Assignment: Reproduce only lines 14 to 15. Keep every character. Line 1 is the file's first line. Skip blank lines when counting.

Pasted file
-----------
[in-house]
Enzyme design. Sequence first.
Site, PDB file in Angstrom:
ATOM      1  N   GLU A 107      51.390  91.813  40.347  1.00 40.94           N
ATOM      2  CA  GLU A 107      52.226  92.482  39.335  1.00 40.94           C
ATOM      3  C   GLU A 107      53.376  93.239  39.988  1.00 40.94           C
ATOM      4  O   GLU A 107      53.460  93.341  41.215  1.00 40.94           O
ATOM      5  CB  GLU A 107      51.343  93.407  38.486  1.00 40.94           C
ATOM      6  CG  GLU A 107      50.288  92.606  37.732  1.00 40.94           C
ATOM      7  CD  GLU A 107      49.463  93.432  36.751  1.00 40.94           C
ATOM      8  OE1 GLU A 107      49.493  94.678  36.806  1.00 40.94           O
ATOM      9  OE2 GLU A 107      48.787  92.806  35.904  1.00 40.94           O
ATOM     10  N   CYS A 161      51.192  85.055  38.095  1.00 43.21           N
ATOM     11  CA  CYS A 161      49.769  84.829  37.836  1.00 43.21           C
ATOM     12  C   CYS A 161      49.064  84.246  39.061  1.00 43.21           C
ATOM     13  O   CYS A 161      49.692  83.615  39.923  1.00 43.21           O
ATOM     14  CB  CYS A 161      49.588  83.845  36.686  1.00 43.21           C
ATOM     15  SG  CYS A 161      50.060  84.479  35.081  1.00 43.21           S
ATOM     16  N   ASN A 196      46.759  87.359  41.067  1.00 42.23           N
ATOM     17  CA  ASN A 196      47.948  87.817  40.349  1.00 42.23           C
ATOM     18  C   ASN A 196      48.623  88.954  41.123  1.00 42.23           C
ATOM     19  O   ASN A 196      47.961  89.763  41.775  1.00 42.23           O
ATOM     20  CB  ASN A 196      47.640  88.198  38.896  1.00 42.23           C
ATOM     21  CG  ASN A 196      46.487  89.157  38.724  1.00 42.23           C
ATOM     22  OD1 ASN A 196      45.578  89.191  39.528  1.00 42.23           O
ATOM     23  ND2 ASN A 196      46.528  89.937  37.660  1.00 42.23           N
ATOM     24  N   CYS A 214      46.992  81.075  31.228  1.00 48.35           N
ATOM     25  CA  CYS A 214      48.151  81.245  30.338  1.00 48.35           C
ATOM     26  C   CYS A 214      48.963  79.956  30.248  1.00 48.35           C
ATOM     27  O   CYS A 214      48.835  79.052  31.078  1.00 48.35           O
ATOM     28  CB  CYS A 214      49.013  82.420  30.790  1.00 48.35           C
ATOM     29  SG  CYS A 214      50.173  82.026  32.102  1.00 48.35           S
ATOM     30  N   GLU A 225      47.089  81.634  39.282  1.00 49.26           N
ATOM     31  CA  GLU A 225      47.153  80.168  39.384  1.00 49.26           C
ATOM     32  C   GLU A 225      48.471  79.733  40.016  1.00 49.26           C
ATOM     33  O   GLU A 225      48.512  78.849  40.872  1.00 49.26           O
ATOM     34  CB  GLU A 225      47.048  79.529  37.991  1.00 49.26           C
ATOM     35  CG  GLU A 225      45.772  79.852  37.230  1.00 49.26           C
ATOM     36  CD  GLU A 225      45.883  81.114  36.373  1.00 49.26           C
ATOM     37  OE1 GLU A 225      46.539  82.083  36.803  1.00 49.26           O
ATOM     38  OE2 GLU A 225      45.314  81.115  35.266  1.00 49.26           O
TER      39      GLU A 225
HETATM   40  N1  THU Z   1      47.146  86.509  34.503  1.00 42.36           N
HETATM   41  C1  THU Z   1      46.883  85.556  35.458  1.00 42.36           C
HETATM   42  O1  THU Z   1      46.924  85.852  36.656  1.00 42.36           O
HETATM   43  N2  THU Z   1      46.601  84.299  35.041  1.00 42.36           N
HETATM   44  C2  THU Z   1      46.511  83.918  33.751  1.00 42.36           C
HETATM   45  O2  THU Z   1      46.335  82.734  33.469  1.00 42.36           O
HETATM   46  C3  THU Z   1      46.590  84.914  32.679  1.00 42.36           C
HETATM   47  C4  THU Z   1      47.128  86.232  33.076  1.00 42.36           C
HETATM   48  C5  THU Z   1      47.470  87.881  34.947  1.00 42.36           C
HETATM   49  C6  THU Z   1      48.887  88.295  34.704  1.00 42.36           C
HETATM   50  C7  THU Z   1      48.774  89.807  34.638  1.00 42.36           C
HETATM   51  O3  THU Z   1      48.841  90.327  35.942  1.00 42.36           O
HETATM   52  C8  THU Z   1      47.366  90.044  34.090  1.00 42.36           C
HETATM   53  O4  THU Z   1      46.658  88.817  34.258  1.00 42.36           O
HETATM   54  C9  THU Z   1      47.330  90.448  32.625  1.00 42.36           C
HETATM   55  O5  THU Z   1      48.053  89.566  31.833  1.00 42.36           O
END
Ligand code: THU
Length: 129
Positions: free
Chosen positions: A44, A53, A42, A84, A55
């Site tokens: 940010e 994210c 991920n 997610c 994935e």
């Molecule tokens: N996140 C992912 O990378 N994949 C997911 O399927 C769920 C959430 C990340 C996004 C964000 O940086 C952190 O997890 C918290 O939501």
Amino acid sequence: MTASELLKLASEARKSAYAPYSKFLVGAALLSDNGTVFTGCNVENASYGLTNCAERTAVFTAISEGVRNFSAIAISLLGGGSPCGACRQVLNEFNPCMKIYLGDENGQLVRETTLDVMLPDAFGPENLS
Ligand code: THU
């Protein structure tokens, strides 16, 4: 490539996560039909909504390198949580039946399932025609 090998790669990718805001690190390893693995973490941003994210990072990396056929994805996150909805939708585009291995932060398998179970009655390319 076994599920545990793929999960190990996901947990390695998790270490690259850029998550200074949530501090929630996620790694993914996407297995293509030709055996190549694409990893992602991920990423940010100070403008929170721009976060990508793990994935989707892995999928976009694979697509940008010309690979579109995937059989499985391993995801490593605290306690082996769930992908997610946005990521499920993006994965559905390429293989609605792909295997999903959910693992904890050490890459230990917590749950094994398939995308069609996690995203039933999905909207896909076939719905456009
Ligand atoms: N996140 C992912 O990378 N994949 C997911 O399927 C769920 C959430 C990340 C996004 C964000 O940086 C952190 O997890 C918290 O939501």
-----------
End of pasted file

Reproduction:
ATOM     11  CA  CYS A 161      49.769  84.829  37.836  1.00 43.21           C
ATOM     12  C   CYS A 161      49.064  84.246  39.061  1.00 43.21           C